Wednesday, April 2, 2014

BBC: NSA-inspired software sped up code-cracking efforts

1 April 2014 Last updated at 08:57 ET BBC

Papers released by Edward Snowden suggest the NSA tried to undermine encryption systems
The US National Security Agency persuaded web-encryption company RSA to develop a more vulnerable random-number generator to make it easier to spy on businesses, Reuters has reported.
The news agency reported research suggesting the software had made reading companies' encrypted messages about 65,000 times easier.

RSA said it should "have been more sceptical of NSA's intentions".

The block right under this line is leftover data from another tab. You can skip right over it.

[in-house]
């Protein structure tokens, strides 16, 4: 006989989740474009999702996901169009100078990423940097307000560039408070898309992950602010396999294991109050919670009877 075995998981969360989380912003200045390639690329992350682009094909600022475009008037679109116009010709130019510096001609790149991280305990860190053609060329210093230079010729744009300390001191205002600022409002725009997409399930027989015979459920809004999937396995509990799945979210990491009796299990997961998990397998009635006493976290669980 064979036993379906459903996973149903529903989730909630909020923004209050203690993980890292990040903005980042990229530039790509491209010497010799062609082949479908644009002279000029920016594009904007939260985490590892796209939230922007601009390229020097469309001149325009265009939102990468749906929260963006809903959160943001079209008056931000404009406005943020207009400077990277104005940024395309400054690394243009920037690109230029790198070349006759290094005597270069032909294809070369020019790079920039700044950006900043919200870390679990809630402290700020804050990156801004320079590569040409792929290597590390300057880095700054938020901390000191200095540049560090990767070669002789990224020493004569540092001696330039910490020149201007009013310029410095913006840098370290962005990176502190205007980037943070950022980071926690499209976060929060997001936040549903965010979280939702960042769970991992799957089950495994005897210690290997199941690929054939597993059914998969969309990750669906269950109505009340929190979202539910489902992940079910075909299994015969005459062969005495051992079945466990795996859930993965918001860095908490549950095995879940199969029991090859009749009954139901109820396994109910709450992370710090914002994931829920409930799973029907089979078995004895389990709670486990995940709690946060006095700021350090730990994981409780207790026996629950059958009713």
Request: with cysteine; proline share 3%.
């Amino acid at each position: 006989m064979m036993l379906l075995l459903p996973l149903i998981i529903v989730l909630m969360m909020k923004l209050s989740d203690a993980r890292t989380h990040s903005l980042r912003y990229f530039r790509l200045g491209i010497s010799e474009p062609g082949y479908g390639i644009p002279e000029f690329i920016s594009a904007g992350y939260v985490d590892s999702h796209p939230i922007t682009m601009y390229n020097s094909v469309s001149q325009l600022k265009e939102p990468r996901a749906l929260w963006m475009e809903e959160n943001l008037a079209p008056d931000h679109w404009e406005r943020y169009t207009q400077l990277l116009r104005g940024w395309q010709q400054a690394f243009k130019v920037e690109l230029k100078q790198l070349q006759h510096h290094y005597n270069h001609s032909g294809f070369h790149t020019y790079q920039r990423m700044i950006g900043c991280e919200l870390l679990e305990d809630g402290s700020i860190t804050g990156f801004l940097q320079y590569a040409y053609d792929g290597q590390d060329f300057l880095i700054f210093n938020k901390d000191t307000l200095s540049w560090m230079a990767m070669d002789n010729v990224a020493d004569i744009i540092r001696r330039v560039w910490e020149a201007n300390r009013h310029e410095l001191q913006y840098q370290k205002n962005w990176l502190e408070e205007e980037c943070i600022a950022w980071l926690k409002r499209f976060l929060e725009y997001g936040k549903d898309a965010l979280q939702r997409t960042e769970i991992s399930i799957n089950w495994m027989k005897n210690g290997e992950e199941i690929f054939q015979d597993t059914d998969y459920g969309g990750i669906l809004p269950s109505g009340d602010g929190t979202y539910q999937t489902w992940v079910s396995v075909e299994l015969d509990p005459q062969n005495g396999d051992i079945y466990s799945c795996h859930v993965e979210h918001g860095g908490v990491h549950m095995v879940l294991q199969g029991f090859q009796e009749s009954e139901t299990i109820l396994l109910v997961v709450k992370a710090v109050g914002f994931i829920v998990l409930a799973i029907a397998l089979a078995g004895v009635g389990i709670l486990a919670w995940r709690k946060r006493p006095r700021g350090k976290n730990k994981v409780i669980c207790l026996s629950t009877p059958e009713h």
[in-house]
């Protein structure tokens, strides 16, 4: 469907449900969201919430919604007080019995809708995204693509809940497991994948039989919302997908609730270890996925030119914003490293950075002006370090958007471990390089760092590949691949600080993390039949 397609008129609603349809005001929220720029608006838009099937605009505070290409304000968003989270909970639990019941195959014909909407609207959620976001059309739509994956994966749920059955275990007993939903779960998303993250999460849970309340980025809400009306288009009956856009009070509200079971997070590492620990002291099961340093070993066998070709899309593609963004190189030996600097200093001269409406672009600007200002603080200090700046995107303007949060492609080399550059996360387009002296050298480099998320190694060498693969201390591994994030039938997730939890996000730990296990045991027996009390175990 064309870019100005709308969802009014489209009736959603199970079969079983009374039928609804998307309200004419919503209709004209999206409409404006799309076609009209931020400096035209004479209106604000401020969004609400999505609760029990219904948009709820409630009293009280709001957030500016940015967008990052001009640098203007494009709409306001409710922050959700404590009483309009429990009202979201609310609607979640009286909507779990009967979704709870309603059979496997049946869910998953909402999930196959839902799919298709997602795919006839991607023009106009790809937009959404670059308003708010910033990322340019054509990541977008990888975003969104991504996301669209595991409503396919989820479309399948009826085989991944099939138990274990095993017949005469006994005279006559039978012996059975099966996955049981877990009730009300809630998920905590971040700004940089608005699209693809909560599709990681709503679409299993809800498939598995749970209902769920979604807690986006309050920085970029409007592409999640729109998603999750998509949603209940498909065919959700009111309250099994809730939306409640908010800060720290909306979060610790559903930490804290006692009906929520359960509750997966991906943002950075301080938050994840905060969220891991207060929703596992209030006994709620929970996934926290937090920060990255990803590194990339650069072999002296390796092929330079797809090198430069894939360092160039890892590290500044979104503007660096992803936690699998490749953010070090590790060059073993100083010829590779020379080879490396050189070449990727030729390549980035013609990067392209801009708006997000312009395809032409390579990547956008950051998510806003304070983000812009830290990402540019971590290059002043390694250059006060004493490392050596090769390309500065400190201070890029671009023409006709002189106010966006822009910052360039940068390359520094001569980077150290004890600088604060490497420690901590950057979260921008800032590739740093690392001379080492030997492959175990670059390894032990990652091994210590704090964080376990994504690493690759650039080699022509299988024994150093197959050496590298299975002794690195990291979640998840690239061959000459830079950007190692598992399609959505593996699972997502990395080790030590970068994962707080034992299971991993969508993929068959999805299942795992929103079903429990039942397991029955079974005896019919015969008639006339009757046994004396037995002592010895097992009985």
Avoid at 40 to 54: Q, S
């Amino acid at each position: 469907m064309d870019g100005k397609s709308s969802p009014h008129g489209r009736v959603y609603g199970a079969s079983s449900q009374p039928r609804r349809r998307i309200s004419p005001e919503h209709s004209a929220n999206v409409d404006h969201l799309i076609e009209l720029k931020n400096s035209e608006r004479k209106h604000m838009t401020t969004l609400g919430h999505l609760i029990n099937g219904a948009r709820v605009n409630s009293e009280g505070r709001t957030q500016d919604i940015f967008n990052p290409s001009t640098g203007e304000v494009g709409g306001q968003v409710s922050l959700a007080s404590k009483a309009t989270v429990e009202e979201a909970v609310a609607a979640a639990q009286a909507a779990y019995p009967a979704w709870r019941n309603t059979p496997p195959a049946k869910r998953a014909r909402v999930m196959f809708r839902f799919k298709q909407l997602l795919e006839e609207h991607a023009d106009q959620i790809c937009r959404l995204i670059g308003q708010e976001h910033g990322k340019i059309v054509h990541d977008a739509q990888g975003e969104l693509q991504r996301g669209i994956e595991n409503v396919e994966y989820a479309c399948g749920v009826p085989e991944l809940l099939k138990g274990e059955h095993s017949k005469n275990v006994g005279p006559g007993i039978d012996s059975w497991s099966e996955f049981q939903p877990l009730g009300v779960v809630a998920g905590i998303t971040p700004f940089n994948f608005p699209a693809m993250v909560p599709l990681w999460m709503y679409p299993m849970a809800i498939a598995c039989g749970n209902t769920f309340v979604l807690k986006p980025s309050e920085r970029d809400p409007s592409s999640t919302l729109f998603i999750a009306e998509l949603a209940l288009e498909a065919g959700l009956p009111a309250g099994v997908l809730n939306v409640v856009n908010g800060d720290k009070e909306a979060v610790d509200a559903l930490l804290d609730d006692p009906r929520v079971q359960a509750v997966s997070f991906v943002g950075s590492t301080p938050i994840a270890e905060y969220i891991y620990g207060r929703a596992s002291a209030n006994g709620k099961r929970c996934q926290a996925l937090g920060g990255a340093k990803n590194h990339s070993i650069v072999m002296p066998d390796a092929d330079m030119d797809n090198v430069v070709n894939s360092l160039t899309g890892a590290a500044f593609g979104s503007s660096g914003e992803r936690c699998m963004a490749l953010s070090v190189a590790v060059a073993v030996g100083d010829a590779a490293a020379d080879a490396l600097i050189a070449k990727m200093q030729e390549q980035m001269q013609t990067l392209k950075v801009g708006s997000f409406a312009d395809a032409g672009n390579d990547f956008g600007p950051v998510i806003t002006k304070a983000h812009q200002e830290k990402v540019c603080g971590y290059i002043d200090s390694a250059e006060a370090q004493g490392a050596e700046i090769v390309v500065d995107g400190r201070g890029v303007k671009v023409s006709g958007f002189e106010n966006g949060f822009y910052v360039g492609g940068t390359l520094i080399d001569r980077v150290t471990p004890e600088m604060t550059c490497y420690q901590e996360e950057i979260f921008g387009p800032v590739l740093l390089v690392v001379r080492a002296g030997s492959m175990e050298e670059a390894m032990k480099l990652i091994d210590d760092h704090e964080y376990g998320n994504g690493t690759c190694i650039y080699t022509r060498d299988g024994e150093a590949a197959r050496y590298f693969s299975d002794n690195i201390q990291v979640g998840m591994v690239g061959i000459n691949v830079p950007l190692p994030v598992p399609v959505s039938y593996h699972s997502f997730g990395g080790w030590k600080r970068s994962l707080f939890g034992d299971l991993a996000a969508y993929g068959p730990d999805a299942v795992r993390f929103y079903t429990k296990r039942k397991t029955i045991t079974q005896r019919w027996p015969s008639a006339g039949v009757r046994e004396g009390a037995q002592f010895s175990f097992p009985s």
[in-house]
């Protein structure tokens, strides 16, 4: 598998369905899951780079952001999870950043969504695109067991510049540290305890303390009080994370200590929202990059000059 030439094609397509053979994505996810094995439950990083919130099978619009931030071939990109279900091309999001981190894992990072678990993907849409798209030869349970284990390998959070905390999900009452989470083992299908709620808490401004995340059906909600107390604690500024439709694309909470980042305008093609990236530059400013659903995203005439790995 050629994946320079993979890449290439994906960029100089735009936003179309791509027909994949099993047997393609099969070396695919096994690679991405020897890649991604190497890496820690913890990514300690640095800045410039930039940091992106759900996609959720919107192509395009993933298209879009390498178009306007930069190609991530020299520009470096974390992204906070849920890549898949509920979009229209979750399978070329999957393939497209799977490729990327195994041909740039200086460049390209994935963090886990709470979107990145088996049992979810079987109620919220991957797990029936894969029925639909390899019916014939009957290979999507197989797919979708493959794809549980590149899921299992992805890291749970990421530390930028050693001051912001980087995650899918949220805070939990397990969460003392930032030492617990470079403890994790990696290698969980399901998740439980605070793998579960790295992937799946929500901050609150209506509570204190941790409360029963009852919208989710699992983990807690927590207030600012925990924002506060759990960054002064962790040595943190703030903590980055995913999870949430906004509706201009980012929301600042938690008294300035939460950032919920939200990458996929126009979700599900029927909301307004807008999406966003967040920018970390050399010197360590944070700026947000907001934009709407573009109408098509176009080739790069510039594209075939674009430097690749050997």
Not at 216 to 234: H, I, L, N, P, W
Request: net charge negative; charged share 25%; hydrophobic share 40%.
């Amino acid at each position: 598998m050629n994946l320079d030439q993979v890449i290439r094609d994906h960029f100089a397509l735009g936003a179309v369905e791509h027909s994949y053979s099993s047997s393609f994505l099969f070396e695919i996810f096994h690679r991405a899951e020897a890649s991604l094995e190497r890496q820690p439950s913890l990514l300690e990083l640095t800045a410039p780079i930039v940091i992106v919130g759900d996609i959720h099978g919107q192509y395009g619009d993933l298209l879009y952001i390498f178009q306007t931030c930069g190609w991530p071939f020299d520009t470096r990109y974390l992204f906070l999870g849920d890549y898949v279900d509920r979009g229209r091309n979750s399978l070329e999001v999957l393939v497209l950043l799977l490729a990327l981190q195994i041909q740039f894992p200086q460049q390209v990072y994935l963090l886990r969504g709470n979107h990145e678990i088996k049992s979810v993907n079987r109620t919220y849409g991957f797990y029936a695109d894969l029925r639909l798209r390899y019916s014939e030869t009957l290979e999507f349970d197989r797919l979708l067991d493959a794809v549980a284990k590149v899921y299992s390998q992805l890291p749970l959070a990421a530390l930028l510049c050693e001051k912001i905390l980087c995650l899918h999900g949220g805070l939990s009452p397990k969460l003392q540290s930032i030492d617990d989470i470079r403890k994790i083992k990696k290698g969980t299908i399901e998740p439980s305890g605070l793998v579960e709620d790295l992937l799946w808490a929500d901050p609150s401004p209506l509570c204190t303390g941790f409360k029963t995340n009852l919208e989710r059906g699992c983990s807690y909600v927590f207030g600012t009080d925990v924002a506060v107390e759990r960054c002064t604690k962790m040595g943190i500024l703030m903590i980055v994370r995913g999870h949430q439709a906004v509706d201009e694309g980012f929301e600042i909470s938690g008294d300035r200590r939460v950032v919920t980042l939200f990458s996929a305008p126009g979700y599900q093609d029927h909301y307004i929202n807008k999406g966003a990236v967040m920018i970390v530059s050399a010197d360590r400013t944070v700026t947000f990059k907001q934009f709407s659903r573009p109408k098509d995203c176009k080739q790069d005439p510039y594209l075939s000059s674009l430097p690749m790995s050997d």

The NSA declined to comment on any collaboration with RSA.

The research followed the description of a project to undermine commercial encryption systems in papers leaked by former NSA systems administrator Edward Snowden, published in late 2013.

Proving unpopular
RSA chief technology officer Sam Curry told Reuters it had trusted the NSA because of the agency's role in securing communications and critical infrastructure for the US government.

He added the NSA-inspired random-number generator had been removed from its product line after proving unpopular with customers.

In December 2013, Reuters reported the NSA had paid RSA $10m (£6m) to insert a flaw or "backdoor" into another, more widely used, software module that also generated random numbers to help with encryption.

At that time, RSA "categorically denied" that accusation and said it had not signed any secret deal with the NSA.

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